On Upanishad: The secret of the Rishi

Question: Sir, the very fact that the Rishi said, “Naham Kalasya”, probably, he could also have had an occasion where Koham started. When he started asking Koham, only then this process of negation started. So, how to explain this process?

Speaker: How did the Rishi come to that? That’s what you are asking?

Listener: Yes.

Speaker: It’s hurt, nothing else. It’s hurt. Life hurts all of us, does it not? Anybody here who has not been hurt? Anybody here who is not carrying wounds?

Listener: Several times.

Speaker: Several times. Right? In fact, every day, daily. The ego is a wound, a wound that doesn’t heal. A festering sore. Is it not? Is it not? Most of us learn to live with the perpetual sense of hurt. Most of us become numb towards our hurt. We say, “This is life, this has to be accepted.” And that’s what we also teach to our children. The Rishi is one who says, “No, life was not meant to be suffering.” He says, “No, I do not believe that I was born to face hurt, to bleed, to tremble in fear, to be suspicious, to be struggling in doubt.” He says, “No! No! No! I do not like this!” Like kids who stamp their feet. “I do not like this candy.” Seen kids like that? The Rishi resembles those kids so much. “No! No! No! No! No! This is not my nature! This cannot be life! This cannot be life!” And then he says, “What else is there? Only this is there? I must know, why is it the way it appears to be. Why does it hurt? More importantly, who is it that gets hurt all the time?” He asks him out, he dares him to show his face. He says, “You are always hurt, you are always feeling bad, who are you? Show your face! Reveal your identity.” And that is Koham. That is Koham. Without being a little disassociated from Aham, you cannot ask Koham.

He’s asking, “Who is this?” and because this ‘this’ is so proximate to ‘I‘, he’s asking, “Koham?” Again, again, again he asks, “Again you are hurt, again mistaken, again defeated, another error, another humiliation, more tears; why? why? Who are you? Who am I?

That which sparks the process in the Rishi, which can be called ‘process’ only as long as you are the hurt entity, later on you surely say, “No, it was not a process.” But that which sparks the ‘process’ is available to all of us. It is life itself.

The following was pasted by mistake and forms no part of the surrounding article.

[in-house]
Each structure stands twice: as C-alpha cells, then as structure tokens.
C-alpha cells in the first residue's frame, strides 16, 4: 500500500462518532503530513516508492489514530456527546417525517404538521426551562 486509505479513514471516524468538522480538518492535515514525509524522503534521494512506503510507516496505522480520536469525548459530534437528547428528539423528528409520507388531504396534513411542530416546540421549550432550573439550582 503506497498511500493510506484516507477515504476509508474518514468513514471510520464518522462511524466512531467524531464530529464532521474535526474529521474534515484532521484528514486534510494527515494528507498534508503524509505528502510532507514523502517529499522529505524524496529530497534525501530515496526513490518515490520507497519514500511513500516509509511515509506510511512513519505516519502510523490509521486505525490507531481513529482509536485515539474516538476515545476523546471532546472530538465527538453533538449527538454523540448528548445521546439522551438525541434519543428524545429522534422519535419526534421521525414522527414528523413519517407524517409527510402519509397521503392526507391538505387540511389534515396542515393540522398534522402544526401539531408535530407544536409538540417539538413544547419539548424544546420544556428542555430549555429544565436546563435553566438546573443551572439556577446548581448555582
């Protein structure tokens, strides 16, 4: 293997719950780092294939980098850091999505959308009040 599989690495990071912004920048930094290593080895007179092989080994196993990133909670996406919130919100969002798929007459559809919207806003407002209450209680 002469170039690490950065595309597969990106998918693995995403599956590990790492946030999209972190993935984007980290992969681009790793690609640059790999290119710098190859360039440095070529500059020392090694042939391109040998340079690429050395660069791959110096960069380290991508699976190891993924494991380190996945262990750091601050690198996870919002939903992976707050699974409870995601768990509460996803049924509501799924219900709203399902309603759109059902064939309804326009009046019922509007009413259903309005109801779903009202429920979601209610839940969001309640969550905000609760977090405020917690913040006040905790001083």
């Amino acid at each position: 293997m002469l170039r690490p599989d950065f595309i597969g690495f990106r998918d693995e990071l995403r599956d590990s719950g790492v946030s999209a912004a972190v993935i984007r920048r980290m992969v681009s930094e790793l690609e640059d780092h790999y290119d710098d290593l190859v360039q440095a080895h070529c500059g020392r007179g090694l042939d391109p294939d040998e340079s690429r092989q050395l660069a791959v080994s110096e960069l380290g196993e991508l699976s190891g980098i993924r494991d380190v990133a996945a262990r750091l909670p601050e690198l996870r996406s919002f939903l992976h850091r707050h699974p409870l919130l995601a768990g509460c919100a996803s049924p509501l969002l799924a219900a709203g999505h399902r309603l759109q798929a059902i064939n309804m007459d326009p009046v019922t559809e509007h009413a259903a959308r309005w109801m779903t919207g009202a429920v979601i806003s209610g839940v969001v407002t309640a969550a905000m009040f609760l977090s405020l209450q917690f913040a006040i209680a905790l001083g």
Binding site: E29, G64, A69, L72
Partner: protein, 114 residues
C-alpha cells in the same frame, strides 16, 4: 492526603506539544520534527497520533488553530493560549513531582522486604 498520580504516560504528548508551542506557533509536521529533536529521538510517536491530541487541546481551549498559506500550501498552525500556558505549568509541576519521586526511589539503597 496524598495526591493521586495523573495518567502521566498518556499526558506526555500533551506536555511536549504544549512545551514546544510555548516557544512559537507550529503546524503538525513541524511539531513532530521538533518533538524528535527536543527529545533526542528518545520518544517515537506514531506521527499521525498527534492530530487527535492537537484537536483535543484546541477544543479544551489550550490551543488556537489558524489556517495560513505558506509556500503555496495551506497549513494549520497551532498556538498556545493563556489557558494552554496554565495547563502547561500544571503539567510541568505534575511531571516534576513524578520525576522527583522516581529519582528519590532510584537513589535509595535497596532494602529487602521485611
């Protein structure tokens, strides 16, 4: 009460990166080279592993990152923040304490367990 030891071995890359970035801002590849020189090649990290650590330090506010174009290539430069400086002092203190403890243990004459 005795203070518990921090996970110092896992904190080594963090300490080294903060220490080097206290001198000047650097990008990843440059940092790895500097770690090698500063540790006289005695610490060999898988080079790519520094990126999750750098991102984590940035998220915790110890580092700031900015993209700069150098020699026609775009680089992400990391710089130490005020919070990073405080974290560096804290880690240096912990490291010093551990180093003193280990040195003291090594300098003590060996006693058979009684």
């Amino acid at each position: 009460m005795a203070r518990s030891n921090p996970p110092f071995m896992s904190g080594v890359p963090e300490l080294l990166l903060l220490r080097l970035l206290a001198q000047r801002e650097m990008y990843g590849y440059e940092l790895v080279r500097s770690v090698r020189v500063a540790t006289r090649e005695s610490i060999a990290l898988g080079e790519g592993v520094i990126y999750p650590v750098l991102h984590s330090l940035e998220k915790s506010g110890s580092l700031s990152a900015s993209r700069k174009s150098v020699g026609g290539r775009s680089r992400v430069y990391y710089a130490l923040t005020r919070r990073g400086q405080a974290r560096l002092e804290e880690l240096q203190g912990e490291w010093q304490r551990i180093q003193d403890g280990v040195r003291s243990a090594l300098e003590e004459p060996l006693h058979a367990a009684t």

Life with all its movements, excitements, ups and downs – something brushes you, and then goes past you; you are attracted to somebody, somebody appears pleasant, somebody insults you, there are achievements, there are failures. The Rishi says, “What is all this happening? I trust somebody and nobody appears to be worthy of trust. He hurts me and the one who hurts me is himself hurt.” He is asking, “Is there is something that is truly trustworthy, is there something which is not a cause of pain?”

That is spirituality – that is so intimately intermeshed with life.

To live life honestly is to be Spiritual. Nothing else is Spirituality. Rituals, traditions, reading of scriptures – no, not all this. To be sensitive to yourself, to really go into the stuff of your own mind, that is what it means to be Spiritual.

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Listener: Sir, it seems that something has taken the Rishi there, to the place where he can enquire and wonder about what he is really supposed to do. What is the reason behind this?

Speaker: Has something really taken him there? We compared the Rishi to a child, now is that example not a revealing one? Has the child been ‘taken’ somewhere or have we been taken somewhere? And if the Rishi is similar to the child, then has the Rishi been taken to some ‘special position’ or are we the ones who have been taken somewhere?

The Rishi has not been taken somewhere, he is where he is – in the childlike stage, he is innocent. If he sees X, he says, “X”, if he sees Y, he says, “Y”, Z is Z for him. For us, X is not X. For us, X is gulab jamun, Y is not Y, Y is sweetheart, yes? And what is Z? Z is God.

So he has not been taken anywhere, he is standing where we were, at least as a child. We have been taken somewhere. We have covered a lot of distance, we have covered a lot of distance from our center. We have covered a lot of distance from our nature. And because we have covered a lot of distance, let this distance itself become the tool. See, how far you have come, and see that you do not really like this distance.

Let us please drop the notion that the Rishi is special. He is not. We are special. Can we please drop our extraordinary specialities? Somebody likes to put a ‘Dr.’ in front of his name. Aha! Somebody is so proud of his knowledge – special. Somebody looks pretty – special. Somebody has a fit body. Somebody is so smart. Somebody is entitled because of a relationship – special. The Rishi is not special; ordinary, very ordinary. Very-very ordinary, like the child.


Excerpts from the session at Aurobindo Ashram, Delhi. Edited for Clarity.

Watch the session at: On Upanishad: The secret of the Rishi


Further Reading:

Book of Myths

myth-for-blogThis is the most challenging book one can ever come across. It will questions all the popular beliefs one harbours. Never imposing itself on the reader, at the same time the book facilities a thorough enquiry of popular knowledge which is blindly accepted as an obvious fact. It demolishes our so called holy concepts.

If you are someone who has read anything on self-help or on spirituality this book is a must for cleaning of spiritual information.

Paperback: https://goo.gl/VVD8Yg

Kindle: https://goo.gl/VsIucH

 

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2 thoughts on “On Upanishad: The secret of the Rishi

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